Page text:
Changing how Utah looks at growth

By Joseph Andrade

Published: Tuesday, Aug. 14 2012 12:00 a.m. MDT

The governor, Salt Lake County mayoral candidates and other officials are saying we must plan for growth — for a near doubling of Salt Lake County population in just 20 to 25 years. The message takes many forms: jobs depend on growth; economic viability depends on growth; we must have smart growth, sustainable growth, clean growth. We will plan for a better way to grow.

Wasatch Front air quality has already deteriorated and is a major health concern for those with asthma and other respiratory issues. A doubling of the population, a massive increase in Kennecott's operations and an expansion of the oil refineries will guarantee worse and even terrible air quality in the very near future. We already have trouble meeting EPA's minimal air quality standards. We will asphyxiate on our own growth.

Can't our leaders understand that growth is the problem? "Your problem is our solution," says an economic development professional in rural Utah. She wants some growth in her rural region. Why can't our increased population be in Delta, Grantsville, Beaver, Scipio or Cedar City? Why can't the communities along the I-15, I-70 and I-80 corridors be empowered to grow? Why does it all have to be in Davis, Salt Lake and Utah Counties?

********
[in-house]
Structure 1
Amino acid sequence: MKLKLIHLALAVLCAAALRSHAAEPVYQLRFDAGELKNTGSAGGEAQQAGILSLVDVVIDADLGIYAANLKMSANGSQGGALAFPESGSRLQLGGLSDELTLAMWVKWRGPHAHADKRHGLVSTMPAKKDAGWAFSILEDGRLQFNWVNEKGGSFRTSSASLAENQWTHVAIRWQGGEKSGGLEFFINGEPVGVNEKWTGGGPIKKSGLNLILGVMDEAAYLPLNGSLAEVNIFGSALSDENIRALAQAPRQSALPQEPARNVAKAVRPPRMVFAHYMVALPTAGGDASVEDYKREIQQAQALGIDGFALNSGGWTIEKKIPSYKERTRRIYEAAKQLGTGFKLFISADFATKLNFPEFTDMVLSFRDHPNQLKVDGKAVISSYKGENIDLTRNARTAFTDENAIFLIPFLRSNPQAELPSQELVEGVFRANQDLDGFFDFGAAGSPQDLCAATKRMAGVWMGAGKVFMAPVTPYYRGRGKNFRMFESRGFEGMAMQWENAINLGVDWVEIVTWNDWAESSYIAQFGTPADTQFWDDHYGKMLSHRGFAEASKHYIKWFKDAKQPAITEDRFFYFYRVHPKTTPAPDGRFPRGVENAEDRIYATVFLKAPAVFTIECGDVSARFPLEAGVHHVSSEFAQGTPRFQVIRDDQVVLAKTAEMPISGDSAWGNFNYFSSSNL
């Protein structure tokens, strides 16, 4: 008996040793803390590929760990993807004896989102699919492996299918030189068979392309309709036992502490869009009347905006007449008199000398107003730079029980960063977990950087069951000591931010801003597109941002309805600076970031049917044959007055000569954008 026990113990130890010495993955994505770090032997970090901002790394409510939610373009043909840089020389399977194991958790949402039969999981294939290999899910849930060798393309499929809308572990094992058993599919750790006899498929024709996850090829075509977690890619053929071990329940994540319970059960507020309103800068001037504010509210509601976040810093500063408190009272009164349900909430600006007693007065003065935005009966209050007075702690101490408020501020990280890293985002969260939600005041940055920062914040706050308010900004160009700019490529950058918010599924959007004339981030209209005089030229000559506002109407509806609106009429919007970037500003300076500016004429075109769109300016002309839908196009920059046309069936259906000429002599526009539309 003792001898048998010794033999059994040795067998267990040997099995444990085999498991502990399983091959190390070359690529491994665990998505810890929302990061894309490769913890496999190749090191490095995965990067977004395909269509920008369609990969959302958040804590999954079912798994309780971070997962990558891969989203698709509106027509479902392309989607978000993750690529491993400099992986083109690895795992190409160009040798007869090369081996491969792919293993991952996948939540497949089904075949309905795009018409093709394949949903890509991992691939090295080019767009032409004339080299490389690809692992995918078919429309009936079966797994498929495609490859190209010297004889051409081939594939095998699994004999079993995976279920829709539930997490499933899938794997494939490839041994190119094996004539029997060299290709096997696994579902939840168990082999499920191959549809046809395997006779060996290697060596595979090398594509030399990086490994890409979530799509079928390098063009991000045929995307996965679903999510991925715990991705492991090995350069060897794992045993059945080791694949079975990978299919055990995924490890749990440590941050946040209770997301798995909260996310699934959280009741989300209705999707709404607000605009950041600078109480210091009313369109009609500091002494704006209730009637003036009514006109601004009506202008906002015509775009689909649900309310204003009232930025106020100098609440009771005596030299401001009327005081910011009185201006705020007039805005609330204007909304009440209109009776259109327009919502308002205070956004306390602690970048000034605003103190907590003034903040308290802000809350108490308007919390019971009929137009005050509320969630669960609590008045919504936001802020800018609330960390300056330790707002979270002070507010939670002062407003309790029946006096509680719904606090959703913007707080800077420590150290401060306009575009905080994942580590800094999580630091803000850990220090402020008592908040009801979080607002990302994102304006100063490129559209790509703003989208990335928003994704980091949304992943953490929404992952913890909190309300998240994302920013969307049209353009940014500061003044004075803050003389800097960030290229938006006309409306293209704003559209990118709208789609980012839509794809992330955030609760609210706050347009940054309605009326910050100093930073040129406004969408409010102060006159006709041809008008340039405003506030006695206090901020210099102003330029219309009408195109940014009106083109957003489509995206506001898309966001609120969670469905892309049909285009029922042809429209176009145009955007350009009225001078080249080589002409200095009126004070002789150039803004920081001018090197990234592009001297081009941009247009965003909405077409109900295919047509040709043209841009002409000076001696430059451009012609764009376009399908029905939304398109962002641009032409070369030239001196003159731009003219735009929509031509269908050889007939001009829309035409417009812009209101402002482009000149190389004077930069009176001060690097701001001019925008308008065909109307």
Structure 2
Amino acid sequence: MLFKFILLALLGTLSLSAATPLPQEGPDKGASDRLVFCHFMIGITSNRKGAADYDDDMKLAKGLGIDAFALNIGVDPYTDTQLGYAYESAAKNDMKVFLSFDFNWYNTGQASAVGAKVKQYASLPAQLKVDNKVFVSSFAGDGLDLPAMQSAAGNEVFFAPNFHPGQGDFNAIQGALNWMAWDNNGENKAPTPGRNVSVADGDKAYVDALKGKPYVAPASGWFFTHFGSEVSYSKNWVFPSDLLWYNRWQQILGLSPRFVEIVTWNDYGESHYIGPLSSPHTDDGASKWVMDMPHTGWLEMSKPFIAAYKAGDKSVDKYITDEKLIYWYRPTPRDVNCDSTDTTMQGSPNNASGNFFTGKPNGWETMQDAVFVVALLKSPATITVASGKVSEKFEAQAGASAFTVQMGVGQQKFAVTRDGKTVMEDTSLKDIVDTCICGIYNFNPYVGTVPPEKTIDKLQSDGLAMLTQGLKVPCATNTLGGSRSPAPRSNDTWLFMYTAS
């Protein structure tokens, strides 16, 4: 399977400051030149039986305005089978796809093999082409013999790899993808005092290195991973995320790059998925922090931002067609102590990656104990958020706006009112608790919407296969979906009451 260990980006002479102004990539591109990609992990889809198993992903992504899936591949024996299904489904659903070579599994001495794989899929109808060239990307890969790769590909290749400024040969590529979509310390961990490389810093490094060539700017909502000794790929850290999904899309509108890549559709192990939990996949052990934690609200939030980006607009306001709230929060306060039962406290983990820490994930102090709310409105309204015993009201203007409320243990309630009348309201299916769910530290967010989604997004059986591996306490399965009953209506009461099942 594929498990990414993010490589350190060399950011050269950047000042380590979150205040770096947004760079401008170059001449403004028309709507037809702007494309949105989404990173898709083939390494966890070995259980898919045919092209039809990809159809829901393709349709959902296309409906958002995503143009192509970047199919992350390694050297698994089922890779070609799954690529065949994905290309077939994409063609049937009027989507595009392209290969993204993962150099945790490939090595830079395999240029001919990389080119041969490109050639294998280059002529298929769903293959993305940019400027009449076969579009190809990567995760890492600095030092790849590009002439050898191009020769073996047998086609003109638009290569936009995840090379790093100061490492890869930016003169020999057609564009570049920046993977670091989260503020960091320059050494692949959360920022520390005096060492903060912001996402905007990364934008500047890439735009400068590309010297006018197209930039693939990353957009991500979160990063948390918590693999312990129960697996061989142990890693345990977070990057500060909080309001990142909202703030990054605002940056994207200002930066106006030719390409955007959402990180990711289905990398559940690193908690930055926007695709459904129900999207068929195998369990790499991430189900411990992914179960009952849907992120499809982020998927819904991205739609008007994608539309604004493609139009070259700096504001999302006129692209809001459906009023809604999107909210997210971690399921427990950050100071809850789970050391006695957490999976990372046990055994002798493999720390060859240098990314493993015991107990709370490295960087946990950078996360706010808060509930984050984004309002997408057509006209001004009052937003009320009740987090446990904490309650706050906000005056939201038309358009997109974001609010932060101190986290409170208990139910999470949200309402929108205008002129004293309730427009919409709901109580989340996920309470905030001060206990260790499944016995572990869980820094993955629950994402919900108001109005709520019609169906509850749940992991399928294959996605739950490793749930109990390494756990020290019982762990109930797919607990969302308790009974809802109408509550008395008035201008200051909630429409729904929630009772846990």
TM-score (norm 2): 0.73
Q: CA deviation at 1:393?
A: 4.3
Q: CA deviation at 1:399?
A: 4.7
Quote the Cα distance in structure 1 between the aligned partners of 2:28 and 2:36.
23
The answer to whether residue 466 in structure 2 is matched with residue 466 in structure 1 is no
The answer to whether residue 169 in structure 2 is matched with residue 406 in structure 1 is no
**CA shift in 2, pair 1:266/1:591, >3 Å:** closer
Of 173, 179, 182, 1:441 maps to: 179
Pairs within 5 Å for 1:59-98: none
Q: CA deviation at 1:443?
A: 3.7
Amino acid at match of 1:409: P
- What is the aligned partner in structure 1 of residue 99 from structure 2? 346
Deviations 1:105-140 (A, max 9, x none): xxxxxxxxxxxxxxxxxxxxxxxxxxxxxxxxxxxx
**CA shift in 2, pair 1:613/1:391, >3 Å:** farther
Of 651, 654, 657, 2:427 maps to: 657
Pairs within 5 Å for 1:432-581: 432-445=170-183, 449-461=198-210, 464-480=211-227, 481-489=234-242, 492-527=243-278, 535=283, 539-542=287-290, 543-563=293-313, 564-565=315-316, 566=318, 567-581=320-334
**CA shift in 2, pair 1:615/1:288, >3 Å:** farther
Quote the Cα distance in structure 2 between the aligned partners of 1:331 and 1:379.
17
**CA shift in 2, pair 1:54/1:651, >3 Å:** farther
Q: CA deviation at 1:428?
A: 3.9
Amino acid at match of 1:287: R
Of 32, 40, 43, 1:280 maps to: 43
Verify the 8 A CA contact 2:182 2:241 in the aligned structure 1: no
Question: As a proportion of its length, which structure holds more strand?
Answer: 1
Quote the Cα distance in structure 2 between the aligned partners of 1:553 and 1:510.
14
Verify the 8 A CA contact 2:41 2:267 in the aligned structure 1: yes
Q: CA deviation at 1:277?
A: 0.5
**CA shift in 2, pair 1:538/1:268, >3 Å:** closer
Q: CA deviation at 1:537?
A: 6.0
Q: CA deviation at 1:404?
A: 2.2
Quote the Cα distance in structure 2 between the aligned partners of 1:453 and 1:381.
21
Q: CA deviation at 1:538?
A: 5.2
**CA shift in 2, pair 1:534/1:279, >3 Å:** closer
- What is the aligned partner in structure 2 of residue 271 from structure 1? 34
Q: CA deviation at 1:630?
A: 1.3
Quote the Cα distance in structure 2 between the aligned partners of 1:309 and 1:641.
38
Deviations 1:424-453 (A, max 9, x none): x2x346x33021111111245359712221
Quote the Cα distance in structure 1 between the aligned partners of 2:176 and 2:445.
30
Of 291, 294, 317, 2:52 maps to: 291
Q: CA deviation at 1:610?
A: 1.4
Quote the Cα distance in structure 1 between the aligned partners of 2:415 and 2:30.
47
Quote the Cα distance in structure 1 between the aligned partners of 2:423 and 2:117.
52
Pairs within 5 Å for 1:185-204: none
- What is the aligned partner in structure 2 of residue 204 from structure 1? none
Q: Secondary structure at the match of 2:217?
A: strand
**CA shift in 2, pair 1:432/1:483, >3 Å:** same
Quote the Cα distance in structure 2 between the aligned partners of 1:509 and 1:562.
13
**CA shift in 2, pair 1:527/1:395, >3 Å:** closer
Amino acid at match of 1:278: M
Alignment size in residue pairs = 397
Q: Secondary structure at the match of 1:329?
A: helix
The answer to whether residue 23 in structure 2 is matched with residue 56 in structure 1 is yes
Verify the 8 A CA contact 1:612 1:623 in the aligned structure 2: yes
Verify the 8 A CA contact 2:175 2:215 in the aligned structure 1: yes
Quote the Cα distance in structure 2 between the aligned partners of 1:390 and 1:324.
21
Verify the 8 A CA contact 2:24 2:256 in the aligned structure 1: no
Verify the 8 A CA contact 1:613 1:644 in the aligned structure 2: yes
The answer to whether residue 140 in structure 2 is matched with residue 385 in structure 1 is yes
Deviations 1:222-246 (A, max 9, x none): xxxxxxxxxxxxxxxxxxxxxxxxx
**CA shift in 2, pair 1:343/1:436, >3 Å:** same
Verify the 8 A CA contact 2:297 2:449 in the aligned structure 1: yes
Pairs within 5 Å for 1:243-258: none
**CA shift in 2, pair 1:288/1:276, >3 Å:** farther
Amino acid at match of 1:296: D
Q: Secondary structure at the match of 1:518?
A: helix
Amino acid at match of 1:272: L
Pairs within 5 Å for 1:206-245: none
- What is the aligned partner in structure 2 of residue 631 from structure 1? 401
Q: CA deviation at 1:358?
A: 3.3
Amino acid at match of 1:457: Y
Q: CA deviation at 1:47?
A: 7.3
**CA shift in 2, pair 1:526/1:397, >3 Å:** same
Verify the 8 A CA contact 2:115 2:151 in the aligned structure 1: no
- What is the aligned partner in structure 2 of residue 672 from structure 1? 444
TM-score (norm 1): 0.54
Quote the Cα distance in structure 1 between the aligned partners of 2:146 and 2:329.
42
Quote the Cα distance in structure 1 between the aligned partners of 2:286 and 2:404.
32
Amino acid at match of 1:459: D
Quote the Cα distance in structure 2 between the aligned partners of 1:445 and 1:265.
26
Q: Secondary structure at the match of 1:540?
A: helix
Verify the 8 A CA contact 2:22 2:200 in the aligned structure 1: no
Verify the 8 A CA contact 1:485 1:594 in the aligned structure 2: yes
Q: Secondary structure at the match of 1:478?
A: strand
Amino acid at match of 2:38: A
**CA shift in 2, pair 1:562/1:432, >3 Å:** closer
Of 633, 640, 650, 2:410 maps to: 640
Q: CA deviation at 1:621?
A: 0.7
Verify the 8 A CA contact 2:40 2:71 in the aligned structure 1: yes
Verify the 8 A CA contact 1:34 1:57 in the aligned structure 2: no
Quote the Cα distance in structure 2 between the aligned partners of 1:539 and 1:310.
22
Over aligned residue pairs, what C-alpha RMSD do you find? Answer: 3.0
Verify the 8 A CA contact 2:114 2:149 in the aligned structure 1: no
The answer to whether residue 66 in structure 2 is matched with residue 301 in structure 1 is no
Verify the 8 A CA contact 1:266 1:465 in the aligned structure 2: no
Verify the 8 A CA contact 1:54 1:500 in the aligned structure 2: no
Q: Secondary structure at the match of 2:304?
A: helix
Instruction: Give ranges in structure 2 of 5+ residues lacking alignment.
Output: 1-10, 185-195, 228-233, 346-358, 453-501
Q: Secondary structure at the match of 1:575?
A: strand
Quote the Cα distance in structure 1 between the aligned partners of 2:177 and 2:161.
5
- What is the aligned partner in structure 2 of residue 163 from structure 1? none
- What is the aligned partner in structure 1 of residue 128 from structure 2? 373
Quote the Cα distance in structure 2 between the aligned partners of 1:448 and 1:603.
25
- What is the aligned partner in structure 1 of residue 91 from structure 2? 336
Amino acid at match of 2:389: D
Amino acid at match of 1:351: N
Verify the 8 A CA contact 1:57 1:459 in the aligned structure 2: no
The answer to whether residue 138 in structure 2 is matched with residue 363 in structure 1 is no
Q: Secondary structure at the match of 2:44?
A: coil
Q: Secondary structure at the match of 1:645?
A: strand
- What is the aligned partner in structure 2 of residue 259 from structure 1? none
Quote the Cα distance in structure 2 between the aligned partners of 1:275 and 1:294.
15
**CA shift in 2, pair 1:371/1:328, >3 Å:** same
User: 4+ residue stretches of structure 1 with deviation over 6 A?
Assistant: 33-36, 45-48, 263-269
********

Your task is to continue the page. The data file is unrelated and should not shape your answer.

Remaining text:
There are many wonderful small cities and towns throughout the state, and most of them would welcome some job and economic growth. Yes, there are infrastructure needs and issues. Yes, there are manpower and education/training needs and issues. Yes, there are financial and related needs and issues. But the main need and issue is leadership. There is an almost total lack of vision among our major elected officials — our so-called leaders.

If they can't get their heads out of the proverbial box, if they can't begin to look at problems and opportunities from new perspectives, then they should have the good sense to resign, or we need to un-elect them on Nov. 6.

Our collective health and happiness depend on looking at and planning for growth in very different ways. We need leaders who are not mired in antiquated assumptions and paradigms who can indeed confront real reality and think and act creatively.

Joe Andrade is an independent, unaffiliated candidate for Congress in Utah's newly redesigned District 2 (www.2andrade.org).

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